Congratulations to Witte Brothers Trucking of Troy who was presented a Flag of Freedom Award by Governor Nixon for participating in the Show-Me Heroes program for veterans. Witte Brothers has approximately 40 veterans hired and recently hired 10 veterans as drivers and trained them. According to Governor Nixon, they have one of the best training facilities in the state. I was pleased to witness the ceremony and visit with some of Witte’s employees. We are proud of you.
On Friday, Aug. 17, it was a pleasure to testify before the Mississippi River Commission and the U.S. Army Corps of Engineers at Alton, Illinois, at the Lock and Dam. I presented the Joint Resolution that the House and Senate agreed on opposing Plan H. Superintendent of Clopton Schools, Mark Harvey, represented the Neighbors of the Mississippi opposing Plan H which would cause Lincoln, Pike and St. Charles Counties to be holding reservoirs for all future floods. Elsberry Levee Drainage District Officer Curtis Loesing was present and also Andy Burkemper, President of the Neighbors on the Mississippi. Dan Colbert, Lincoln County Commissioner, was in attendance as well.
In Jefferson City, I heard two presentations regarding the future of energy resources, consumption, and rates for Missourians. Missouri Energy Development Association is a seven-member association that includes Missouri’s largest power supplier, Ameren, Kansas City Power & Light, Empire, rural cooperatives, and others. MEDA and Ameren reported on our state and nation and their energy needs. In Missouri, we have coal-burning producers, wind generated, hydro-electric, gas, reusable energy, and nuclear. Many of our coal-burning plants are aging and face shutdowns or replacement. The federal government continues to seek regulatory control of coal-burning facilities, which creates a financial challenge for continued operation, much less future building and development. Energy is a product to sell, but it must be affordable. Charles Skoda, Noranda Aluminum, stated that as the largest consumer of power in the State of Missouri, the future of Noranda and its 950 employees largely depends on reasonable utility rates.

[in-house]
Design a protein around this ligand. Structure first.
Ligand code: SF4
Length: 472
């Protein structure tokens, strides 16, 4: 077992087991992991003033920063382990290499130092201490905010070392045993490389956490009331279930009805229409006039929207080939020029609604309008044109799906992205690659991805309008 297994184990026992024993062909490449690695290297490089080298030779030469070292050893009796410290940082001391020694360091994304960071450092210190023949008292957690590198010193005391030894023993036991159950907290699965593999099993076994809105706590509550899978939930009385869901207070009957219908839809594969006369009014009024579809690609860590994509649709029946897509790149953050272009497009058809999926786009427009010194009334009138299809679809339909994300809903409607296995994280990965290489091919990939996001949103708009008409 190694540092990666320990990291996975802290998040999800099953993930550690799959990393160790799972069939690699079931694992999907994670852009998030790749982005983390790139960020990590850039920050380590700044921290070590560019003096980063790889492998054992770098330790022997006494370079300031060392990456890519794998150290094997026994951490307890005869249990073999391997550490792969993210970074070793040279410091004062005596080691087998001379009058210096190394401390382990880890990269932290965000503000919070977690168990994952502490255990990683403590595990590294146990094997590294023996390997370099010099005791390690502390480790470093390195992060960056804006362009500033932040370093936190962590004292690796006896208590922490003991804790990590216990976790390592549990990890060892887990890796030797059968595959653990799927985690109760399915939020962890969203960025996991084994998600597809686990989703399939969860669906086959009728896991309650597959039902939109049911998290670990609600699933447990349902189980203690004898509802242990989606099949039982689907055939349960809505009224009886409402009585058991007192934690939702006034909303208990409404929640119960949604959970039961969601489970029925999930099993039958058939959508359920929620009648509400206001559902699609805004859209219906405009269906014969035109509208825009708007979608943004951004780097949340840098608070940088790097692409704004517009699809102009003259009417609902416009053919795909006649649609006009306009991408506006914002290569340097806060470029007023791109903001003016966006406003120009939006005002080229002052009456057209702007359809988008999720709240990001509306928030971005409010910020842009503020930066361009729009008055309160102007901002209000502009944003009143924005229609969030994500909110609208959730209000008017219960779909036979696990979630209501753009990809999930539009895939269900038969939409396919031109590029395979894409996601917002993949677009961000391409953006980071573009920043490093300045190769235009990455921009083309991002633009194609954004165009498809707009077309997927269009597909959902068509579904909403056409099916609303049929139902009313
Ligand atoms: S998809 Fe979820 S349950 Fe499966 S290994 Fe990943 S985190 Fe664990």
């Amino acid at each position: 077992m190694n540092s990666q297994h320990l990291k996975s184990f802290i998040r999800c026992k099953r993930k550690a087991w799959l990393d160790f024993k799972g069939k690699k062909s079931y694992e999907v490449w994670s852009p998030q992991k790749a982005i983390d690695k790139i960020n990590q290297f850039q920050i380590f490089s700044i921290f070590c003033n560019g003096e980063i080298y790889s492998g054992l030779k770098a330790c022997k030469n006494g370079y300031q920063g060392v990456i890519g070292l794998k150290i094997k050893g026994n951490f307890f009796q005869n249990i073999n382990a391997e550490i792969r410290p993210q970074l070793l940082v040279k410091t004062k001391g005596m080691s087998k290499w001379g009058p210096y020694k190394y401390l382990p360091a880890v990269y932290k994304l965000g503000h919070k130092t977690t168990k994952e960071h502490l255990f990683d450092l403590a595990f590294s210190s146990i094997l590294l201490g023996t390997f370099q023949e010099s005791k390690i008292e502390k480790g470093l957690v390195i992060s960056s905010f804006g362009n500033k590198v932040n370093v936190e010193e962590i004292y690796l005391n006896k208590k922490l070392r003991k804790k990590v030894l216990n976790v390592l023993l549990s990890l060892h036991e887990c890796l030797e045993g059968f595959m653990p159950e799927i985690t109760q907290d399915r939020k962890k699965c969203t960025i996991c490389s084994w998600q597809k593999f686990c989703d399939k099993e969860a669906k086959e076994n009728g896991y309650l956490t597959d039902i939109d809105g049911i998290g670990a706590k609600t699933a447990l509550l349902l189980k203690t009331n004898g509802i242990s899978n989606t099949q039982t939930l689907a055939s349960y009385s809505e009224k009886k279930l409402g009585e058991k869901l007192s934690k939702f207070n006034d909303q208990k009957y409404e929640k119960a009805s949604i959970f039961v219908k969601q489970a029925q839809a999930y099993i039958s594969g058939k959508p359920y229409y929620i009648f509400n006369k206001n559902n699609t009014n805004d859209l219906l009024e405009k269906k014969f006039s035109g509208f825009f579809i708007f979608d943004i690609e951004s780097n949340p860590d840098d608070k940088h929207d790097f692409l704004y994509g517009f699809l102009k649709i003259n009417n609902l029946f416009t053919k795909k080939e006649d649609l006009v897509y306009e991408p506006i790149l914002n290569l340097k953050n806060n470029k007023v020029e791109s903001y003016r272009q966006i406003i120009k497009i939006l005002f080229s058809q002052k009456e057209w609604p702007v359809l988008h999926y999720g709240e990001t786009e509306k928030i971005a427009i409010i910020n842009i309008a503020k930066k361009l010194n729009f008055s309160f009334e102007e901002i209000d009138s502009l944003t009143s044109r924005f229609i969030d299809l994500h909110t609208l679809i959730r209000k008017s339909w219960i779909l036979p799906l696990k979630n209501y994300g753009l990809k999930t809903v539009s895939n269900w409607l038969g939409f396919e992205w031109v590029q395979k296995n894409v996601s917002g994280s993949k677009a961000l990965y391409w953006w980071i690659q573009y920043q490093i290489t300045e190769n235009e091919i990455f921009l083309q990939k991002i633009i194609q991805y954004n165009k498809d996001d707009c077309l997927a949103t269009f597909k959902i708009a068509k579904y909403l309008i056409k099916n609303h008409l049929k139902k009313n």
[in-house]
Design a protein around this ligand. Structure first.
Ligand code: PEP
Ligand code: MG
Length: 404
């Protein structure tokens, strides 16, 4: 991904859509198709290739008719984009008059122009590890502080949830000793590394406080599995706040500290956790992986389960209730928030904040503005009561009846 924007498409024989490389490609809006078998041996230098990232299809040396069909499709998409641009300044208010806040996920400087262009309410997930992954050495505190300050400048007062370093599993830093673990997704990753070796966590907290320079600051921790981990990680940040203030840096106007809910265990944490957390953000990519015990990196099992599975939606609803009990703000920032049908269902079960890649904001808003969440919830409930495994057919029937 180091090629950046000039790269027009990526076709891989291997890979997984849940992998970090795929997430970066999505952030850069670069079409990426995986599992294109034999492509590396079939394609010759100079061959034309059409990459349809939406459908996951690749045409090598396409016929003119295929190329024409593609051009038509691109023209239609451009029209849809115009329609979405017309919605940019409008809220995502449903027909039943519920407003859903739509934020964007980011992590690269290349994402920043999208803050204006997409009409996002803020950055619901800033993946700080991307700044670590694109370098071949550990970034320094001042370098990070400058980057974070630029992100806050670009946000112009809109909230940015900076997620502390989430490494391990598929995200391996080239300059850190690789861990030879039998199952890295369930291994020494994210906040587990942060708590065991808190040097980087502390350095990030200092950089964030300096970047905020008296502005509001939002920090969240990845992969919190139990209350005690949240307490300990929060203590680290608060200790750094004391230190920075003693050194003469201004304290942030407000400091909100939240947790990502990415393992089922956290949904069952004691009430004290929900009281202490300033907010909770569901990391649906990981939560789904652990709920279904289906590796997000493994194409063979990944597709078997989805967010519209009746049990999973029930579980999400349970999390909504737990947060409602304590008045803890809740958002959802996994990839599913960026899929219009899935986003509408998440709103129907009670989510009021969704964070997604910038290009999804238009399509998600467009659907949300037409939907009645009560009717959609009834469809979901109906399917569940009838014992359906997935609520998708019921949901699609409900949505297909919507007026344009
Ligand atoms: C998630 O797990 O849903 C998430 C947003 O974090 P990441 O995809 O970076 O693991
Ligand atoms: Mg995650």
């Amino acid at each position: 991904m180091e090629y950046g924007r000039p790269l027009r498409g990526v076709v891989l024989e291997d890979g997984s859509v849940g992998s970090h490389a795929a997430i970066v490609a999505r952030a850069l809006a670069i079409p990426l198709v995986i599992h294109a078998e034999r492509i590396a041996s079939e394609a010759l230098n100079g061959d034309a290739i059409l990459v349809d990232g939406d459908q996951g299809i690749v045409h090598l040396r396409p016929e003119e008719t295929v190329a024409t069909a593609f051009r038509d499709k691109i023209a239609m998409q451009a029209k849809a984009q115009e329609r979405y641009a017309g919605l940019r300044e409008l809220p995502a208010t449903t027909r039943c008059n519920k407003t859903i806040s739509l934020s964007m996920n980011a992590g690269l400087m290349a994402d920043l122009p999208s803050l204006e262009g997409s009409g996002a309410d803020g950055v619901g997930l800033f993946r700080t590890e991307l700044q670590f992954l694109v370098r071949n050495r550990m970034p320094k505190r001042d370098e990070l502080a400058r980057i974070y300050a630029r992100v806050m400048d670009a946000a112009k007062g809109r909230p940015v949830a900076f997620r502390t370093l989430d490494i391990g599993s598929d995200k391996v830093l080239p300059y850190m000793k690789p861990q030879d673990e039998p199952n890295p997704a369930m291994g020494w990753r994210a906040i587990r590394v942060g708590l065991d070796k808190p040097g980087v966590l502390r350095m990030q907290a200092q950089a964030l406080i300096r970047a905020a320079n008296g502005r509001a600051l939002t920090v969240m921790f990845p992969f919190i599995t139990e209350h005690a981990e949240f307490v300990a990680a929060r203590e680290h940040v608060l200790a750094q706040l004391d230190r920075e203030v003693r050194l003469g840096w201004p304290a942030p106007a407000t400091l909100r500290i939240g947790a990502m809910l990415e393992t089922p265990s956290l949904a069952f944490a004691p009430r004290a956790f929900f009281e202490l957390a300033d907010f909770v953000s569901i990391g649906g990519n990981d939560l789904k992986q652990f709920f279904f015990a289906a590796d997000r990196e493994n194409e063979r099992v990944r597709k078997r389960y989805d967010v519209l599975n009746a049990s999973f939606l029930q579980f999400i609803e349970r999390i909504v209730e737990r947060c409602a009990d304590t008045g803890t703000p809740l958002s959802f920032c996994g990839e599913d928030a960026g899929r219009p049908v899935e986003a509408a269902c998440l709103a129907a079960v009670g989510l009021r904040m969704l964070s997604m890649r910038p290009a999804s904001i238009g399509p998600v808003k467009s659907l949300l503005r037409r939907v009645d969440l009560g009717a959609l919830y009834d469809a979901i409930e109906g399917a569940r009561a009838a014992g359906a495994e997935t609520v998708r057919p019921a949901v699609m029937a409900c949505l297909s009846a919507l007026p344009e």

Remember this term—SMR, Small Modular Reactor. Westinghouse Corporation is developing the SMR concept, and would like to establish its base in Missouri. Missouri is the only state that has two university supported reactors, the University of Missouri, Columbia, and Missouri Science and Technology, Rolla. Also, Missouri is centrally located in the nation. An SMR can be built for approximately $1 billion as opposed to $6-8 billion for the prototype that Ameren has in Callaway County, just north of Jefferson City. An SMR can supply power to a city of 175,000 people. Each new SMR has the potential of producing $25 billion in revenue annually for Missouri, in addition to 20,000 direct and indirect new jobs. I have toured the nuclear facility in Calloway County. An SMR would physically occupy only about 15 acres. The demand in the United States will be tremendous without considering foreign markets, such as China, that sees a potential of at least 100 SMRs.
Missouri is the only state to have a MEDA that combines assistance to municipal, public utility, and rural cooperatives. We also have one of the lowest utility rates in the nation. Electricity here costs an average of 8.84 cents per kilowatt/hour. New York’s rate is 16.69 cents per kwh. Grant applications for development of the SMR have been made through the Department of Energy, and an announcement is expected by the end of September. Missouri, South Carolina, Tennessee and Washington State are seeking this assistance. This could be a large economic boost to Missouri.
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